I'll probably see it in 3D once, but 2D is by far my preference. Not because I don't love 3D (I take stereo photos as a hobby) but because the clunky glasses really distract me, especially when I have to hold them up with my hands as they slip off my nose.
As mentioned elsewhere, the mere thought of three hours 3D makes me want to run for the woods. Also, the Hobbit is now confirmed to be shown in my local cinema, where I'm allowed to take any seat not occupied by a paying customer whenever I wish. So I can watch it over and over again *yay* The only drawback is that I will have to watch the dubbed version.
me too... although it will be what my theater offers at the time I want to go
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It will have to be a time that works for the family so I'm not going to insist on some format and exclude family members. There will be time to see other formats if I want.
I think we will all want to catch 3D and as for the other bells and whistles... I don't know how much I care. It would be interesting to compare not interesting enough to spend gobs o' money doing that.
What does taking stereo photos entail? A special camera I imagine? How do you view and display them?
On occasion, I've gotten spectacular views in my binoculars and wished I could have taken a stereo photograph.
I wear glasses, so I have to do the glasses-on-top-of-glasses thing at the theater, but this doesn't really bother me at all. Well, I much prefer RealD to IMAX 3D since IMAX 3D had a lot of problems with ghosting the one time I saw a film in that format. I'm guessing the polization might have been less advanced - I know the glasses were different. I've never had a similar problem with RealD.
We use whatever camera we have on hand. You take one photo, and then move over a few inches and take another photo of the same scene. You'll want to use a vertical orientation ("portrait" rather than "landscape"). We used to mount the photos on cardboard and view them in an old stereoscope that was my great-grandmother's. But later we found some cheap plastic viewers online. I've lost the original website, but it was something like this one: http://www.3dstereo.com/viewmaster/svn-lorg.html. We've also taken to putting two digital photos side-by-side using Paint-shop Pro and viewing them online.
I'm able to make my eyes go wall-eyed and view stereo slides without any equipment at all, but the plastic viewers work well and only cost $3 or so.
I don't have any examples of my work in the computer; it's been a long time. I'll have to scan some of my old photos and put them up. Maybe over Thanksgiving break I'll get that done.
Those are pretty cool. I can easily shift my eyes to view them without glasses. I might have to try a similar process sometime.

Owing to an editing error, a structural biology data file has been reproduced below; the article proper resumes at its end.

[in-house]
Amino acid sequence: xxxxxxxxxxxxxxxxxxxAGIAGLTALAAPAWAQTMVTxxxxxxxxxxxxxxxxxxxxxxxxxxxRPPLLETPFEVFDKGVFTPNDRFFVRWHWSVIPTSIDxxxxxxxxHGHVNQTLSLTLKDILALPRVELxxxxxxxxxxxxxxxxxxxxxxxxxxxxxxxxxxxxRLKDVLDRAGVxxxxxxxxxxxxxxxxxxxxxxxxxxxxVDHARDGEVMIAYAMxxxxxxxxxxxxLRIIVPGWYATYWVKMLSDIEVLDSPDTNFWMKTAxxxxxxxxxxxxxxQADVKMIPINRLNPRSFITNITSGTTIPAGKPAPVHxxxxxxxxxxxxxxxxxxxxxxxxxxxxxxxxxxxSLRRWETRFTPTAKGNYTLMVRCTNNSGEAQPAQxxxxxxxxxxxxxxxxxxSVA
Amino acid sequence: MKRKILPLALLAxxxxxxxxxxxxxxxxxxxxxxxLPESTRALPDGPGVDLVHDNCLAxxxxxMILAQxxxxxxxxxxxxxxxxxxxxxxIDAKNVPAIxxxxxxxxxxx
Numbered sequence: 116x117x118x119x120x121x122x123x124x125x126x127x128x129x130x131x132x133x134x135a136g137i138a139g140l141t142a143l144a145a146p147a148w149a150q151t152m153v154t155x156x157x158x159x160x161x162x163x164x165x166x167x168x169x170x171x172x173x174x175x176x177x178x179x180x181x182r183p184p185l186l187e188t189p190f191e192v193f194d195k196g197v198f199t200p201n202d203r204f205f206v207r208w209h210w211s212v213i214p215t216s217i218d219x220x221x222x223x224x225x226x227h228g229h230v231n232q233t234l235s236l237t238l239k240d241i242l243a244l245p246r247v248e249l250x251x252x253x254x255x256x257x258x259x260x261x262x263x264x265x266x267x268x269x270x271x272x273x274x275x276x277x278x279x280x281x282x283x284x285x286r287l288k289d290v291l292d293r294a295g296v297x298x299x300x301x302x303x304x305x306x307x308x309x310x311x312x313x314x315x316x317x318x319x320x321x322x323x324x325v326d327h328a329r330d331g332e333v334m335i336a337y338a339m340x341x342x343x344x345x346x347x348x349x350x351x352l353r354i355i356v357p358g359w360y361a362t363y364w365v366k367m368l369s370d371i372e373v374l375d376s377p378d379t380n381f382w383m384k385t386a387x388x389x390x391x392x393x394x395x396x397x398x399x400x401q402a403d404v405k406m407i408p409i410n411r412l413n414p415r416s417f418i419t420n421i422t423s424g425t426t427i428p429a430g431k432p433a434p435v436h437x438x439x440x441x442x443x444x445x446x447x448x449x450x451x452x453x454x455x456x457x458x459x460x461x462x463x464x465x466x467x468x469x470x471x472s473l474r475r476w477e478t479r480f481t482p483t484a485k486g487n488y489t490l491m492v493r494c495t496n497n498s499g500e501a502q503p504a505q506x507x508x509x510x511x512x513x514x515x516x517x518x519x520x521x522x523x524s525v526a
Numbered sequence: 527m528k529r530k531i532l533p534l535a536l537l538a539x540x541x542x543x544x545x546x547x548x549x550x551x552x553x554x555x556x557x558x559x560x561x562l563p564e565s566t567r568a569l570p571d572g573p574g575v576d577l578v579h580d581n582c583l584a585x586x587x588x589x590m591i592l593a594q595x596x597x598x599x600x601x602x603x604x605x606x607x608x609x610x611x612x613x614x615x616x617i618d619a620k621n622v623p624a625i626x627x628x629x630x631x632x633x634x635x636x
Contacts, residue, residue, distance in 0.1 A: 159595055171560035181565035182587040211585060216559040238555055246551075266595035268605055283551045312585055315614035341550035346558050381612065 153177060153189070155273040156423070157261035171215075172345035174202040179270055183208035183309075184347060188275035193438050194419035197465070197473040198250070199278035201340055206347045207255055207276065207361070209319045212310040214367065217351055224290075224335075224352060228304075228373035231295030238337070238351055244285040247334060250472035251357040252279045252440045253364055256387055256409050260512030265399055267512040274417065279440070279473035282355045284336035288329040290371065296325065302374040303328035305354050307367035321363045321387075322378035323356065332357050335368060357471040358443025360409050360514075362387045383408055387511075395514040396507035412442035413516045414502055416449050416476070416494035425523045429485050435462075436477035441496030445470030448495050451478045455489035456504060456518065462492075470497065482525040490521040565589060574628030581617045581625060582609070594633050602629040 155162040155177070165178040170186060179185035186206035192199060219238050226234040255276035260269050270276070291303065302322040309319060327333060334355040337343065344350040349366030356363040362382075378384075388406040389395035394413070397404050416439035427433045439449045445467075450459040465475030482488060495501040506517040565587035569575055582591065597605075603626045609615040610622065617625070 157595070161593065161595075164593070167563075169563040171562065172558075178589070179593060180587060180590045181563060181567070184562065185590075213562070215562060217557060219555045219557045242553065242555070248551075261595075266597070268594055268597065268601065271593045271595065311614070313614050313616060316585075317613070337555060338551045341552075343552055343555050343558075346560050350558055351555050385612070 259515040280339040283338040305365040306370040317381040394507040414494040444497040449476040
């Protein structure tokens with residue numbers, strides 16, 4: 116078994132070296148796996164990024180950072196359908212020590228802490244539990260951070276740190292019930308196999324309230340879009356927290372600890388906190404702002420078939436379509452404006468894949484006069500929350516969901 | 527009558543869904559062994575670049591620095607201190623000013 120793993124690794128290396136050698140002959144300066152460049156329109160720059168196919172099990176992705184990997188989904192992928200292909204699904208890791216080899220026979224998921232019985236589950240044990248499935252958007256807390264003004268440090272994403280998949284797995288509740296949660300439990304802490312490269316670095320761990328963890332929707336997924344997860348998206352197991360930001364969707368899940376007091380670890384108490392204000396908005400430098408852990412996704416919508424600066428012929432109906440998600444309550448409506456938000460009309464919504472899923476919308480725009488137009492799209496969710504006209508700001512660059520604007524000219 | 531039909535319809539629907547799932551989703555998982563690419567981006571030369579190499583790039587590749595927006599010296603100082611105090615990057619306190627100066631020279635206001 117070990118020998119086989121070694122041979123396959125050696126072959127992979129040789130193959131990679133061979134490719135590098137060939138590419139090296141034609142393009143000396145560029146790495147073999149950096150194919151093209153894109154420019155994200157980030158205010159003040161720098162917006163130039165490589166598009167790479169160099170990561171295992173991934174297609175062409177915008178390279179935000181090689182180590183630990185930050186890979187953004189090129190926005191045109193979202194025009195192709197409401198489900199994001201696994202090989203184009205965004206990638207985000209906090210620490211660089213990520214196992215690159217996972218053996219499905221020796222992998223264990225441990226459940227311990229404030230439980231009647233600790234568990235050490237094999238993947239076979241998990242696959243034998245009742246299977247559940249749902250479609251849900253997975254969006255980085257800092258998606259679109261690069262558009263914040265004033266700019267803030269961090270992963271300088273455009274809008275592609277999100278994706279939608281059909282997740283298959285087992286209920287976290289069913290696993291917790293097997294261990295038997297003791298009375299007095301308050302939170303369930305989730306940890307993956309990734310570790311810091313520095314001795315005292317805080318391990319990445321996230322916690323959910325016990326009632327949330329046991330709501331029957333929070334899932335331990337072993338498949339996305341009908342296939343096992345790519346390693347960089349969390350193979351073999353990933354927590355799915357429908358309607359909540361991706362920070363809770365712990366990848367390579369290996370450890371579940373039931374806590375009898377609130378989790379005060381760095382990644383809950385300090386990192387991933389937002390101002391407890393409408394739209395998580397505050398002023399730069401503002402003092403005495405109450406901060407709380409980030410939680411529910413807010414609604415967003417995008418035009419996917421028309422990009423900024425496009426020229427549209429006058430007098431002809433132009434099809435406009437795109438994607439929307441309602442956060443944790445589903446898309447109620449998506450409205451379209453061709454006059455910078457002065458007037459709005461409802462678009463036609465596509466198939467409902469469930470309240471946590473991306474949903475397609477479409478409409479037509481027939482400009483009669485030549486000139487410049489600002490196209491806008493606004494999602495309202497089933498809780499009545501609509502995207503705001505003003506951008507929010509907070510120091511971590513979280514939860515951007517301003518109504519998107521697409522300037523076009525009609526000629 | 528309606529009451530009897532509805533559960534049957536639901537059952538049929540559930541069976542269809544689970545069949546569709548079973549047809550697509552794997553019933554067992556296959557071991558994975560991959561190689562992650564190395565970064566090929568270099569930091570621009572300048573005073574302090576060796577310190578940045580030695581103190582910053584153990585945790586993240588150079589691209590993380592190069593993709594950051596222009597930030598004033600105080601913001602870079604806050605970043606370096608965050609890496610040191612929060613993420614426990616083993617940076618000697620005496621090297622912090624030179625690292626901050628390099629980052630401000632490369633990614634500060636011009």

The only main limitation I see is that this can't be used for subjects that move outside of your control. I've wanted to take stereo photos of animals in their native habitats before and the only way to do that would be to find one that stayed in the same position or moved back to the same position. Should be a fun little expiriment in any case, though!
Yeah, our photos of waterfalls are an example.
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The trees and rocks look great, but the water is funny. We also have a few where a family member moved and those look funny too.
There are special 3D cameras where you have two cameras and one trigger. Or you could hold two cameras and try to press the trigger on both of them at the same time, I suppose, except those doggone digital cameras have a time lag.
When I posted these elsewhere, someone mentioned that a modern trend is to make a moving gif file that alternates between the two views. The motion gives an impression of 3D. This page has several examples. And I replied that that's why video can give a pretty good impression of 3D even when it's 2D. If you move past a landscape while taking video, the background moves more slowly than the foreground, giving a pretty good 3D effect. Which in turn is why I feel like 3D in movies isn't that important. If they ever come up with a really good method, I think it would be fun, but right now I prefer 2D movies.
But there have been several I've seen that haven't been good. I also don't have much hope for 3D conversions - if Cameron can't do it well (Titanic), I'm not sure anyone can. Not that I think Cameron is a great filmmaker, but he certainly seems to understand how to make 3D movies (Avatar).
It's interesting that we've broken down almost 50/50 in terms of 3D vs. 2D. I wonder if this means that The Hobbit will have a 50% split between the two? I'm guessing it'll be higher if the 3D is good, which I expect it will be. We'll see, though.
As for gifs - I've noticed this effect when paging through my photos sometimes. I prefer a stereogram to an animated gif, though - maybe that's part of why I love 3D movies? I just wish there were more good movies in 3D. I fear I'm in the minority, though.
As for me I intend to see it in RealD 3D. That's the technology they use here in town and in the city which I'll probably go (if things go as planned) to see it in English original version. I had a cool 3D experience seeing Avatar in RealD and if The Hobbit can be in that level I'll be satisfied. If the film is good, I consider a second viewing this time in 2D in my local town.
(This post was edited by sam90 on Nov 20 2012, 5:25pm)
As much as I hate even regular 3D it doesn't matter as long as I get to see the movies as quick as possible LOL. So for the UEJ I watched 3D 48 and hated it, but I got to see the movie. So I saw the movie in 2D a week later.